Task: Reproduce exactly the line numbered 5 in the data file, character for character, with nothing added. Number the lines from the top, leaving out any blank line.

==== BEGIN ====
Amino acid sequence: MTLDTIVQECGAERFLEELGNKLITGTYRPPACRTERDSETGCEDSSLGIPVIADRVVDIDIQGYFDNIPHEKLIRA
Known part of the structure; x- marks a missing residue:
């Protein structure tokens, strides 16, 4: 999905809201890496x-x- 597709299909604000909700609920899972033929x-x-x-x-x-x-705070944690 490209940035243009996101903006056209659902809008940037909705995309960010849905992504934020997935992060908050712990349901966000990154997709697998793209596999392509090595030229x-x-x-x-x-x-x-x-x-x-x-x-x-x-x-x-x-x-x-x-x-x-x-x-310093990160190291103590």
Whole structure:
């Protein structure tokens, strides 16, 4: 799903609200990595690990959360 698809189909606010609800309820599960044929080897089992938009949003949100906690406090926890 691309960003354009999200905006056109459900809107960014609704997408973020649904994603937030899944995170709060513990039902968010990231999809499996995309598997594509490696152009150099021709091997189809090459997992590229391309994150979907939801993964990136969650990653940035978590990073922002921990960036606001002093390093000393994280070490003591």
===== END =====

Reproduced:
């Protein structure tokens, strides 16, 4: 799903609200990595690990959360 698809189909606010609800309820599960044929080897089992938009949003949100906690406090926890 691309960003354009999200905006056109459900809107960014609704997408973020649904994603937030899944995170709060513990039902968010990231999809499996995309598997594509490696152009150099021709091997189809090459997992590229391309994150979907939801993964990136969650990653940035978590990073922002921990960036606001002093390093000393994280070490003591």